a. People and organization: Leadership, Orientation, Teamwork.
b. Service quality and customers: Customer service, Quality, Customer
preferences.
c. Strategies and operations: Franchising, Target markets, Technology.
d. Food service operations: Food costs, Menu marketing, Genetically altered
foods.
e. Education: Masters program, International students.
f. Eco-tourism: Eco-improvements, Tourism.
g. Legal: Sexual harassment, Tax incentives.
Strategic Operation: Location, integration, affiliation, configuration, organization,
implementation and adaptation.
Operations Management: Assets, employees, capacity (or customer), productivity,
service, income (or control), and quality.
Issues:
a. Operating Issues: Labor shortages, cost containment, increased competition.
b. Marketing Issues: Market segmentation and overlapping brands, increased guest
sophistication.
c. Technological Issues: Interactive reservation systems, guest-room innovations,
data mining, yield management.
d. Economic Issues: Dependence upon the nations economy, globalization.
Trends:
a. Rapid growth of vacation ownership.
b. Integration and globalization.
c. New management.

As referring to the Table 3, it can be seen that the most challenge for the hotel is
operating issues pertaining human resource management which is to retain qualified hotel worker
thus lower down the turnover in the hotel. Issues regarding workers include low motivation
causing o low quality service delivered to the customers. Thus, Prabhu (1996) suggested that
giving more empowerment to the employee helps to increase motivation, productivity and

burnout. Improvement on working environment was being suggested by him to give satisfactory
organizational environment to the employee (Prabhu, 1996).
In terms of challenges in marketing, the changing customer preferences and demand
(Jinzhao, 2007) put a test on the hotel to deliver high quality service in satisfying them. Blum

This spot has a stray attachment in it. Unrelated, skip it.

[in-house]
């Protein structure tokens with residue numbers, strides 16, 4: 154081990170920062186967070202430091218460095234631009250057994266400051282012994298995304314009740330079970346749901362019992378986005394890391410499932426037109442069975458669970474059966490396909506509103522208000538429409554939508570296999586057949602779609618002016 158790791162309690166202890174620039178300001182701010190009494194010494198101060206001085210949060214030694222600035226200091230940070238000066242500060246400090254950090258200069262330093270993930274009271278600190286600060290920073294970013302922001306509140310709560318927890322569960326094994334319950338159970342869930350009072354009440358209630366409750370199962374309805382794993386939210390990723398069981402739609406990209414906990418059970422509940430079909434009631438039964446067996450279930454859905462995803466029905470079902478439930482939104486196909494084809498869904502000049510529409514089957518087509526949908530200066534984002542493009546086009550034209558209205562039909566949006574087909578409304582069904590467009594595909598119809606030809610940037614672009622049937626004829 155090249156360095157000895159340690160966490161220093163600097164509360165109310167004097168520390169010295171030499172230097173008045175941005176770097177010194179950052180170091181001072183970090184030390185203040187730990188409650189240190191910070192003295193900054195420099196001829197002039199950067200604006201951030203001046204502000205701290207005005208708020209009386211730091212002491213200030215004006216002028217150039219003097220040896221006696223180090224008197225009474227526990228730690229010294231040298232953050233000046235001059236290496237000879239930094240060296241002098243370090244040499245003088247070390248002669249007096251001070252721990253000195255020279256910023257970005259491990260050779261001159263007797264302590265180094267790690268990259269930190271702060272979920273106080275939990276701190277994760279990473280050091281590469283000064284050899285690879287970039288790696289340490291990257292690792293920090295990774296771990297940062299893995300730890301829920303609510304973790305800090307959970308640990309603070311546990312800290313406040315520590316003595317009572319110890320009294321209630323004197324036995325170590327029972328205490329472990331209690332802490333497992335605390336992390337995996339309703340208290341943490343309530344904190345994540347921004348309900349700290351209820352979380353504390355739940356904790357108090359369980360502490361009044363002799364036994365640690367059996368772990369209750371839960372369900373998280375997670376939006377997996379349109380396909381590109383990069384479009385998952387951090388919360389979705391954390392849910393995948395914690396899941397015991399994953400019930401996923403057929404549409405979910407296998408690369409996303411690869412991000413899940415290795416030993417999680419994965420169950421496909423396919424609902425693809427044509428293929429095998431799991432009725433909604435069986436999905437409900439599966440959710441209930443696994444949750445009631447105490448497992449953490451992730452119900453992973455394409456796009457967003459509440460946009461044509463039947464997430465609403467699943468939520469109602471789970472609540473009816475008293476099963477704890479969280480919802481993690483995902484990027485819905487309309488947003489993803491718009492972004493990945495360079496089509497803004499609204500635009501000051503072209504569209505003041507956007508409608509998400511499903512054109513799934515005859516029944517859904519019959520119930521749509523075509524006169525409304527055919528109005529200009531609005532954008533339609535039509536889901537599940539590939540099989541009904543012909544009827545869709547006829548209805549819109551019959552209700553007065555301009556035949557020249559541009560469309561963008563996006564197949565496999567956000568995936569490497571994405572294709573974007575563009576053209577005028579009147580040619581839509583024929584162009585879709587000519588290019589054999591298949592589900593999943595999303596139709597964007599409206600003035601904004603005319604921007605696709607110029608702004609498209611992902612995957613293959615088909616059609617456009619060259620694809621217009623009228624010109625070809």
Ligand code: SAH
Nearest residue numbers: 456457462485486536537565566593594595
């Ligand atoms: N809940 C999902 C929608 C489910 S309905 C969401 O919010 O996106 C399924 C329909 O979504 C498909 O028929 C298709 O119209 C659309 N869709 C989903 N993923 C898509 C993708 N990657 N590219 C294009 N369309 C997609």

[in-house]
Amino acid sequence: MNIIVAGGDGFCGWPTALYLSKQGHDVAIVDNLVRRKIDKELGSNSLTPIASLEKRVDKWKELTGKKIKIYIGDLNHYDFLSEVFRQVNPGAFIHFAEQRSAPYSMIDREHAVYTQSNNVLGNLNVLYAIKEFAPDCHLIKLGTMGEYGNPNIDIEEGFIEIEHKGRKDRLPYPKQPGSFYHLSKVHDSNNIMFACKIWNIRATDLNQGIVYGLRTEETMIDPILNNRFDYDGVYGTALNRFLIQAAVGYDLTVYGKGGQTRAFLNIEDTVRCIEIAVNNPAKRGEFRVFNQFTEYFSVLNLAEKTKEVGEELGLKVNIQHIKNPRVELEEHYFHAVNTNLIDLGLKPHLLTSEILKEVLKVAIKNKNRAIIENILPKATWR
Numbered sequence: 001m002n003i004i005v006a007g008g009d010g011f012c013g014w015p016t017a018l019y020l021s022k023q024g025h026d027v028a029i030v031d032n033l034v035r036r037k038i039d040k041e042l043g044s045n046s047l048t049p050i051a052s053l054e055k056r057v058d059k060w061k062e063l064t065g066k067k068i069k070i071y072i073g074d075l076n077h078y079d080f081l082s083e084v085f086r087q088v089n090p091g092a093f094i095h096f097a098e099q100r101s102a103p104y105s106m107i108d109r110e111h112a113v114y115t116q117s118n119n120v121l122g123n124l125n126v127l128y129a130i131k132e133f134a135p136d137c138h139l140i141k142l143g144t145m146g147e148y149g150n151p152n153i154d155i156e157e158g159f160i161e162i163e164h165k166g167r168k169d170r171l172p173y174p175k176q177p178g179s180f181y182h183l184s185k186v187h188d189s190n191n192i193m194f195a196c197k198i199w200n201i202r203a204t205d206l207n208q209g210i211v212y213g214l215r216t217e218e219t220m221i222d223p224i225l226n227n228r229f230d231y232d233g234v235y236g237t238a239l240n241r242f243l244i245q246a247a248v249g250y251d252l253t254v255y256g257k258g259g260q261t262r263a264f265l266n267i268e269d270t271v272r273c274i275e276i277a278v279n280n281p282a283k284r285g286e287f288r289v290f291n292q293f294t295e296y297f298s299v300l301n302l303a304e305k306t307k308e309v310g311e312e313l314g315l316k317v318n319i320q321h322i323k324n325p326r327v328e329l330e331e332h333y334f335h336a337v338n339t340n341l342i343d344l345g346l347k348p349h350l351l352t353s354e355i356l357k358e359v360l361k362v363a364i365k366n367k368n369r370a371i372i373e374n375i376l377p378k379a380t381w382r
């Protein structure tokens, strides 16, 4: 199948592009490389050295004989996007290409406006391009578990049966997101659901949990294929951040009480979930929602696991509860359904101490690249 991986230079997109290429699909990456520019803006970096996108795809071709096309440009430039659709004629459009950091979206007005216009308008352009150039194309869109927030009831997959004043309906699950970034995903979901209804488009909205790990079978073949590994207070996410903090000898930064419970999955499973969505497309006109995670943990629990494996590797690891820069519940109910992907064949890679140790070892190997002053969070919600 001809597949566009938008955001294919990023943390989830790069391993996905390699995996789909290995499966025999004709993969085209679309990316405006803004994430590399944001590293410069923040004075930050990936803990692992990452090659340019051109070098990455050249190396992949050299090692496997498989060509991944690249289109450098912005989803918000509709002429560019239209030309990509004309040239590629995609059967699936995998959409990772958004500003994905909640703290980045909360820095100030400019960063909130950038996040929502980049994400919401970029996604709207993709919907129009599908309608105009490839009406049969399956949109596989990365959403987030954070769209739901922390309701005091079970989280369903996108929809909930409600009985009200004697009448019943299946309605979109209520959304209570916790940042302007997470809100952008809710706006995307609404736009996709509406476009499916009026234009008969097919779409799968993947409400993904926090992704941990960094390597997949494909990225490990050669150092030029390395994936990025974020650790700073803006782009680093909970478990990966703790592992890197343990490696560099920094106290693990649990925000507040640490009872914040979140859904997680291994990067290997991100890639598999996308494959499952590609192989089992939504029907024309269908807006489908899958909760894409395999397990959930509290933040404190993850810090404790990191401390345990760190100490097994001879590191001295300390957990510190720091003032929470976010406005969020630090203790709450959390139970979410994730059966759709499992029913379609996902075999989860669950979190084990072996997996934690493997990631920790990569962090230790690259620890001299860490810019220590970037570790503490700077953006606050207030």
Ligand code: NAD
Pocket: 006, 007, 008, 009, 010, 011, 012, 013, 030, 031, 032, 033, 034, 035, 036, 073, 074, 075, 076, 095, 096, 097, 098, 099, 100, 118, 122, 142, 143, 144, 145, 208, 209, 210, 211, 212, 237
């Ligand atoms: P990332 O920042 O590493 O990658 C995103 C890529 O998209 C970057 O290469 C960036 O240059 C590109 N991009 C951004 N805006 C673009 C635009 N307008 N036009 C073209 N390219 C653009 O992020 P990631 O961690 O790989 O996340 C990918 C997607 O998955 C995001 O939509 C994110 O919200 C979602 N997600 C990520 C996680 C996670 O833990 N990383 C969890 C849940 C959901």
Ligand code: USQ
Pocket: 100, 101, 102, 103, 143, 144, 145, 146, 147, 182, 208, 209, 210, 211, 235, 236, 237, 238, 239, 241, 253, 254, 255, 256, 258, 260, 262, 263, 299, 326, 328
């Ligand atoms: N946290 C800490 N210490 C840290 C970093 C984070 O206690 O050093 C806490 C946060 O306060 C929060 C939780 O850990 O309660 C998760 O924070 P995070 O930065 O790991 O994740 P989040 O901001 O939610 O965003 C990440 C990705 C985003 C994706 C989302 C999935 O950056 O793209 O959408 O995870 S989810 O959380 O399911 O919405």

(1997) summarized that customers may provide service solutions that meet their preferences,
regular audits can identify errors and prevent mistakes or low quality services and lastly several
key factors were mentioned to be customer preferences when staying in a hotel which are
cleanliness, value and friendliness. The other key point here is increasing usage of market
segmentation by not only hotels but F&B restaurants which target on niche travelers (Blum,
1997; Jinzhao & Jing, 2009) for example F&B restaurants diversify menus based on region
where they operated.
Next, it is undeniable that technological innovations improve customer service level and
hotel operations in many ways (Prabhu, 1996). Among the challenges of keeping up with fast
changing technology includes the usage of interactive reservation system which enables
reservation through internet and so far 20% of the reservations in United States made through
internet (Jinzhao & Jing, 2009). Other innovations include guest-room innovation with multiple
phone lines, guest-room check-out are among the preference of the guests, however it is
expensive to install and implement. Despite the high costs involve in installing the technology,
computerized yield management help to maximize hotels profitability and database systems can
be used for effective planning (Blum, 1997).
Then, many researchers emphasized that current practice of training and education does
not meet the needs of hospitality industry in terms of providing high quality candidates (Blum,
1997; Prabhu, 1996). The educator has to give realistic pictures on how the working
environment would be in hospitality industry. Frequently, the students perception was
unrealistic when they want to secure the corporate-level position after graduation, whilst in
reality an executive at a hotel starts her career the operations level. The gap between what is
expect and reality, always bring the motivation down for new employee which lead to low
quality service and high turnover.

RESEARCH METHODOLOGY
This preliminary study uses in-depth, open-ended interviews through snowball sampling to seek
information about challenges faced by hoteliers in Malaysia. Snowball sampling is adopted in
this study since the population is small and specialized. The interview process began with two
experts in Malaysias hospitality industry who later recommended other experts to provide more
information regarding the subject matter. In total 6 respondents were interviewed and the
background of respondents is as in Table 1. The interviews were recorded, transcribed and